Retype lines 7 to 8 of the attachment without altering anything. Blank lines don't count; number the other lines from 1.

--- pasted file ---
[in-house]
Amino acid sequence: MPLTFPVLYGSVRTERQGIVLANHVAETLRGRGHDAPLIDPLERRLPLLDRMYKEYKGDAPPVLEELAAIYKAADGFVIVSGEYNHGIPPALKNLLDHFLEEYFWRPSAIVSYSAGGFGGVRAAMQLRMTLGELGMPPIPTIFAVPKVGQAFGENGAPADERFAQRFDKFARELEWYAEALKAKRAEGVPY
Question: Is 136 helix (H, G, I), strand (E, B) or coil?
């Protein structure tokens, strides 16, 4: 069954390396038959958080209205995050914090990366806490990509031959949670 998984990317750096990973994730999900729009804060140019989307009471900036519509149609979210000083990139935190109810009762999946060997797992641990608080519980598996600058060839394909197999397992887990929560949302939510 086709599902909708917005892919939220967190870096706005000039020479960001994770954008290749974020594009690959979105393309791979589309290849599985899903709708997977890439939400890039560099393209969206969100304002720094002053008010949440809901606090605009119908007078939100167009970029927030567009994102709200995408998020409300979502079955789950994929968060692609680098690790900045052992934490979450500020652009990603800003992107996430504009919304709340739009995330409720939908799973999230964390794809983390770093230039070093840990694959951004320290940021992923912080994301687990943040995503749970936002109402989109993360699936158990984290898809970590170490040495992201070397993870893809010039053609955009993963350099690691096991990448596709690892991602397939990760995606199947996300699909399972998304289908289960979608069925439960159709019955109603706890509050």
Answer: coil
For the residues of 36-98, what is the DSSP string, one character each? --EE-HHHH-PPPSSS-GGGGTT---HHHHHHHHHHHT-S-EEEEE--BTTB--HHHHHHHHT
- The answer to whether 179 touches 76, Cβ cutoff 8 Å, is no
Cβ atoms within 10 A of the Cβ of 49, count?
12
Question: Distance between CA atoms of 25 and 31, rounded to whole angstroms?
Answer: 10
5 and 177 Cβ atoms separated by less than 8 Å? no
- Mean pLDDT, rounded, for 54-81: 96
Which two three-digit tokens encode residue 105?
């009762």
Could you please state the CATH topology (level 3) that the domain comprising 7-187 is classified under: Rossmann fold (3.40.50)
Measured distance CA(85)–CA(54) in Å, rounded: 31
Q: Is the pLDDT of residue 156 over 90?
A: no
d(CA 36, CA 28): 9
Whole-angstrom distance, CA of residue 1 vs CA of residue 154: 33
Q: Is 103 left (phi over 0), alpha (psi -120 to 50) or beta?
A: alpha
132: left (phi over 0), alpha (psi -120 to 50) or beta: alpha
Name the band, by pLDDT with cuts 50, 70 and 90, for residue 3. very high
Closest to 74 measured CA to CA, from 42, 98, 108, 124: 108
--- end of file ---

- The answer to whether 179 touches 76, Cβ cutoff 8 Å, is no
Cβ atoms within 10 A of the Cβ of 49, count?